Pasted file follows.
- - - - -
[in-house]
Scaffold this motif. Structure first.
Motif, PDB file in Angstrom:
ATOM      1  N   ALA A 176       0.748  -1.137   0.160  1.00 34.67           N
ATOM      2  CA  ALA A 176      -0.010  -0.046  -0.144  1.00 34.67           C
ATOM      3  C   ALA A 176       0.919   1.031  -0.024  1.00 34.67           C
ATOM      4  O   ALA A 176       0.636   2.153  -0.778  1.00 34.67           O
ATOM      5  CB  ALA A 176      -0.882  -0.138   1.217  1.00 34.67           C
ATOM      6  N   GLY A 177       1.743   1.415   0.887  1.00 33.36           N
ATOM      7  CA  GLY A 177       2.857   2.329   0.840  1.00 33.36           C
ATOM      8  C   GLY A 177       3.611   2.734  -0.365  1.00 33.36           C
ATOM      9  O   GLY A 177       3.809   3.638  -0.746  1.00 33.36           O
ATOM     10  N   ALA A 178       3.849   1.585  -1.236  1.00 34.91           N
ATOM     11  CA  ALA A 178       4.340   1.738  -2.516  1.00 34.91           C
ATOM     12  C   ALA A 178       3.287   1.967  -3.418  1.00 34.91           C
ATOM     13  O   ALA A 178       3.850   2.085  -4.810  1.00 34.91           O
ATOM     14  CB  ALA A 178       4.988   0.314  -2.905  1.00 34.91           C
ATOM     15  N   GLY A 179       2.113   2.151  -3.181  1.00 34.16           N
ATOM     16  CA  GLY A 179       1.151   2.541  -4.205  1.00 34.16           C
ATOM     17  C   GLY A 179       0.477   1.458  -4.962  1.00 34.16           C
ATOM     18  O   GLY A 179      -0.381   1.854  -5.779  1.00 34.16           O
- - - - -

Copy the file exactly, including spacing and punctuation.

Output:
[in-house]
Scaffold this motif. Structure first.
Motif, PDB file in Angstrom:
ATOM      1  N   ALA A 176       0.748  -1.137   0.160  1.00 34.67           N
ATOM      2  CA  ALA A 176      -0.010  -0.046  -0.144  1.00 34.67           C
ATOM      3  C   ALA A 176       0.919   1.031  -0.024  1.00 34.67           C
ATOM      4  O   ALA A 176       0.636   2.153  -0.778  1.00 34.67           O
ATOM      5  CB  ALA A 176      -0.882  -0.138   1.217  1.00 34.67           C
ATOM      6  N   GLY A 177       1.743   1.415   0.887  1.00 33.36           N
ATOM      7  CA  GLY A 177       2.857   2.329   0.840  1.00 33.36           C
ATOM      8  C   GLY A 177       3.611   2.734  -0.365  1.00 33.36           C
ATOM      9  O   GLY A 177       3.809   3.638  -0.746  1.00 33.36           O
ATOM     10  N   ALA A 178       3.849   1.585  -1.236  1.00 34.91           N
ATOM     11  CA  ALA A 178       4.340   1.738  -2.516  1.00 34.91           C
ATOM     12  C   ALA A 178       3.287   1.967  -3.418  1.00 34.91           C
ATOM     13  O   ALA A 178       3.850   2.085  -4.810  1.00 34.91           O
ATOM     14  CB  ALA A 178       4.988   0.314  -2.905  1.00 34.91           C
ATOM     15  N   GLY A 179       2.113   2.151  -3.181  1.00 34.16           N
ATOM     16  CA  GLY A 179       1.151   2.541  -4.205  1.00 34.16           C
ATOM     17  C   GLY A 179       0.477   1.458  -4.962  1.00 34.16           C
ATOM     18  O   GLY A 179      -0.381   1.854  -5.779  1.00 34.16           O